Published by Fledgling Press
Available in ebook & paperback (26 March 2020)
ABOUT THE BOOK
Just outside a sleepy Highland town, a gamekeeper is found hanging lifeless from a tree. The local police investigate an apparent suicide, only to find he’s been snared as efficiently as the rabbit suspended beside him. As the body count rises, the desperate hunt is on to find the murderer before any more people die. But the town doesn’t give up its secrets easily, and who makes the intricate clockwork mechanisms carved from bone and wood found at each crime?
Whirligig is a tartan noir like no other; an exposé of the corruption pervading a small Highland community and the damage this inflicts on society’s most vulnerable. What happens when those placed in positions of trust look the other way; when those charged with our protection are inadequate to the challenge; when the only justice is that served by those who have been sinned against?
This debut crime novel introduces DI James Corstophine – a man still grieving for a wife lost to cancer; his small close-knit team of passed-over police and their quiet Highland town. He’s up against a killer who plays him as easily as a child. For a man whose been treading water since the death of his wife, he’s facing a metaphorical flood of biblical proportions as he struggles to understand why these murders are happening, and who is behind each carefully planned execution. All the time, the clock is ticking.
It’s a pleasure to be one of the four bloggers starting off the tour today for Whirligig and my thanks to Kelly of Love Books Group for the invite. For my turn, I have an extract to share which I hope gives a flavour of the book. Do check out the other bloggers taking part below from the tour poster.
The old oak whispers in the dead of night, fresh leaves rubbing against each other as a cool breeze catches the branches in a playful embrace. The tree stands alone in the glen, deep roots lying exposed on the surface where a rough track has worn away the thin topsoil. Higher up in the tree and concealed by the canopy, a rabbit gently swings suspended from a wire. The rabbit slowly descends through the hours of darkness, the movement so slight that it appears not to move at all. Minute increments, just one small step at a time. Measured.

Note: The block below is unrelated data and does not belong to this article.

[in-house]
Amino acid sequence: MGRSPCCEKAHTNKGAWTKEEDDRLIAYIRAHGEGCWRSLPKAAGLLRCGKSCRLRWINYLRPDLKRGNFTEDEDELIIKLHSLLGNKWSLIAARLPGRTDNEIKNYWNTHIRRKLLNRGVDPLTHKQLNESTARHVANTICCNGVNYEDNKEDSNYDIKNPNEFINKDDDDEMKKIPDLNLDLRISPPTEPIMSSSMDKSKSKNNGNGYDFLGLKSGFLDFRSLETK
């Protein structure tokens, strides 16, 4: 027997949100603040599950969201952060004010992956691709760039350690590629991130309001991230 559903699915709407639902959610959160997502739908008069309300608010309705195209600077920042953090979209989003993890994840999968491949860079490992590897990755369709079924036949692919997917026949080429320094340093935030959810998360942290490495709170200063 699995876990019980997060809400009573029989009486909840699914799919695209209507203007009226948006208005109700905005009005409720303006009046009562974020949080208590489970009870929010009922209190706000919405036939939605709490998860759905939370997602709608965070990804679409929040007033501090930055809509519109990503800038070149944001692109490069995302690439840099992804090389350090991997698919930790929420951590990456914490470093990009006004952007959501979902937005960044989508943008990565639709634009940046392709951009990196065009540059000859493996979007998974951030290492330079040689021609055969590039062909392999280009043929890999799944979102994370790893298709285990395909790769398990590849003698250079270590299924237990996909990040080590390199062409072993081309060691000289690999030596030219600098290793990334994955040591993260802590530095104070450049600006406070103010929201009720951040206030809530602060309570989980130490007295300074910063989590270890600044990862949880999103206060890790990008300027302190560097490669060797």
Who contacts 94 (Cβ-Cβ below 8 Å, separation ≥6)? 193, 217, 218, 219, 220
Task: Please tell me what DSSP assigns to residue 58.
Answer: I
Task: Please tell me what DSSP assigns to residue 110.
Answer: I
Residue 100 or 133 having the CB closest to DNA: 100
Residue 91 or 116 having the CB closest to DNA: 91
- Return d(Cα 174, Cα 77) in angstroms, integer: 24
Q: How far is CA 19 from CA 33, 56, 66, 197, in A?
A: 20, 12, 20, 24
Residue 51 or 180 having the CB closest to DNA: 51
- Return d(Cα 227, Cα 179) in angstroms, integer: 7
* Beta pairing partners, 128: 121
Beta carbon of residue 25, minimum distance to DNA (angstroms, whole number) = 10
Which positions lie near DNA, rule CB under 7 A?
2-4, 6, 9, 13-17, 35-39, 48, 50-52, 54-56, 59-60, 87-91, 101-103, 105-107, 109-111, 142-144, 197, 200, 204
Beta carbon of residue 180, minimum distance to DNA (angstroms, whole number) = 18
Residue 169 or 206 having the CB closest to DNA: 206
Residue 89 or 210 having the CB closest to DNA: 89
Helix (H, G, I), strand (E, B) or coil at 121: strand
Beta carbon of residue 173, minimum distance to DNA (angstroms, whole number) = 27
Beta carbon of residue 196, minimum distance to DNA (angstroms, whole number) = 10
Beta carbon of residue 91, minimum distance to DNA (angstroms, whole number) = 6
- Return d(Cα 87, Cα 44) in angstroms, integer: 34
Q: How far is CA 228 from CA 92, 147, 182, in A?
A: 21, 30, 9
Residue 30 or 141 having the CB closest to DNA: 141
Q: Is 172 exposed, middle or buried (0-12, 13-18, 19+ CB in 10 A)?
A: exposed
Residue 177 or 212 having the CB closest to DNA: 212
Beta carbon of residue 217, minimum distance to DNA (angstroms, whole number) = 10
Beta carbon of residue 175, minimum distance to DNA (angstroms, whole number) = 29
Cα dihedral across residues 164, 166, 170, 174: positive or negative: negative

The rabbit’s head is held at a quizzical angle, as if this aerial view of the ground below were a novelty. But the rabbit’s eyes are dull with death and stare uselessly as they bulge out of a furry face, morphed into an agonised sneer. The neck is broken and a wire snare holds the animal tight in a deathly grip. The wire continues higher into the tree where it joins with a peculiar mechanism constructed from bone and exquisitely carved wood. This arboreal ossuary is alive insofar as the other untrusting occupants of the tree are concerned and they watch its movements and listen to the rhythmic creak of its mechanical heart with suspicion. Each measured drop of the rabbit provides fresh impetus to bone gears transmitting rotary movement via the main pulley, meshing with each interconnected neighbour in an intricate ballet of bone wheels, cogs and spindles, all held in place within a skeleton case of polished branches and carved twigs. In the heart of the caliber silently beats a balance wheel, a perfect disc of silver and gold.
As the stars wheel around the tree, clockwork on a celestial scale, so the tree-borne mechanism performs an intricate dance to its creator’s tune. Dawn touches the eastern sky, and a blackbird bursts into song, notes falling over each other in pleasing progressions. A robin, then thrush and small flock of goldfinches join the chorus until the solitary tree is alive with songs enough to welcome in another day. The mechanism reaches a conclusion and a bone shaped like a barbed javelin falls out of the tree onto the rough tyre tracks below, a well-used route for vehicles following the lay of the land along the valley floor. As the bone falls, it pulls a captive filigree metal thread that snakes sinuously down from the tree. The wire passes through a carved contraption shaped like a wishbone, holding the edges apart to present a gaping noose just above normal walking height. The wire is mostly concealed in the tree’s shadows, the leaves and branches serving to obscure any pattern to a casual observer. The birds quieten as the mechanism speaks, the more timorous fly off to find a quieter spot from which to proclaim the dawn. The blackbird studies the mechanism with a bright black eye until all motion stops, then finally satisfied that it offers no threat, returns to the important business of announcing that this is his tree. The Hanging Tree.
ABOUT THE AUTHOR
Born in London, moved to historic Monmouth as a young teenager and escaped as soon as I could to the bright lights of Bristol where I combined the careers of sober aerospace engineering and libertine sound engineering for as long as I could juggle these disparate and separate worlds.
Now living happily in central Scotland, where I enjoy writing books, playing music and exploring the great outdoors with my best friend who happily is my wife.